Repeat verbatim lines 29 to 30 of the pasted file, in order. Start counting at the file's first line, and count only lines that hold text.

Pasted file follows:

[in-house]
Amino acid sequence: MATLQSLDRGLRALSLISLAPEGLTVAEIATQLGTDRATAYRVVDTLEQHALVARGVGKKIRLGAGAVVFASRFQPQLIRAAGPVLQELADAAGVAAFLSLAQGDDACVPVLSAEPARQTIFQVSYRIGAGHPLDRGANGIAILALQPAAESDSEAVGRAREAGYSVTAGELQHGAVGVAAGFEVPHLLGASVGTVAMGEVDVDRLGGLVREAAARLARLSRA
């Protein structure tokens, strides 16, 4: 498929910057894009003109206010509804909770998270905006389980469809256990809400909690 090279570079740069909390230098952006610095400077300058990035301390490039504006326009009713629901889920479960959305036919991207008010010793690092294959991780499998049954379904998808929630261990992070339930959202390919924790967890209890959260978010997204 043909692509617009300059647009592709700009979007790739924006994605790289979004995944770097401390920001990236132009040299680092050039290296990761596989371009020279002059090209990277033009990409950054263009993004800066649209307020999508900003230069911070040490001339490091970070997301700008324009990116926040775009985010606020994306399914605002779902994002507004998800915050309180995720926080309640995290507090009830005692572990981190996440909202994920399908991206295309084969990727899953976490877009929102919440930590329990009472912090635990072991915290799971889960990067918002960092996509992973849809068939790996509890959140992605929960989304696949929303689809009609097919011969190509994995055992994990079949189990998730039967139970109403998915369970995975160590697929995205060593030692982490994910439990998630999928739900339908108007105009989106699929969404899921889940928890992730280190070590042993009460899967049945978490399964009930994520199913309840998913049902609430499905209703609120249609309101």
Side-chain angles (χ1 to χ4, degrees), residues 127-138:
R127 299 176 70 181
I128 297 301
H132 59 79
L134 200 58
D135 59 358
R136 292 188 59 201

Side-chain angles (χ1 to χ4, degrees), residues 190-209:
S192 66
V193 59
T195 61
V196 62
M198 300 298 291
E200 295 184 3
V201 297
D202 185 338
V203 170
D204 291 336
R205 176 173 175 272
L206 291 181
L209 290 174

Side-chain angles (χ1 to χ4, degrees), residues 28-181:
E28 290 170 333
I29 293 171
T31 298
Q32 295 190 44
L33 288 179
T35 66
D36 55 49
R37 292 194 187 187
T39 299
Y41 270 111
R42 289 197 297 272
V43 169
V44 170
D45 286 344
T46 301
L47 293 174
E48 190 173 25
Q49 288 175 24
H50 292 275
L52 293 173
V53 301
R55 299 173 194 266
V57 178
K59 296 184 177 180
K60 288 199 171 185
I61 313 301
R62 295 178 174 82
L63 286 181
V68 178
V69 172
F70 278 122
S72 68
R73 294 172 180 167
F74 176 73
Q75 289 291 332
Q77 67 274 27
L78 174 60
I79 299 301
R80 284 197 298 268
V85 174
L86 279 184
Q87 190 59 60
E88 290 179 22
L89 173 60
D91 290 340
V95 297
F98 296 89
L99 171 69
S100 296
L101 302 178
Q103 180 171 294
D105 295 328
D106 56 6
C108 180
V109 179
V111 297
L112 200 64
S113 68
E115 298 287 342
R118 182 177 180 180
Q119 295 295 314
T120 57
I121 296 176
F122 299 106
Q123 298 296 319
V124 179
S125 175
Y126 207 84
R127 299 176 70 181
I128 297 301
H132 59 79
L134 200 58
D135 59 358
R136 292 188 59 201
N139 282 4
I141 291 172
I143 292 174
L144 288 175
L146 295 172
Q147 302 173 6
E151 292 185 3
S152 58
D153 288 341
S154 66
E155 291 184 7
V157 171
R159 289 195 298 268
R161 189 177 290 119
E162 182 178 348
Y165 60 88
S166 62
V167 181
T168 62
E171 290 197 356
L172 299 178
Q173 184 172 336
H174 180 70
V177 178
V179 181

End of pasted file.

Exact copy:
Q32 295 190 44
L33 288 179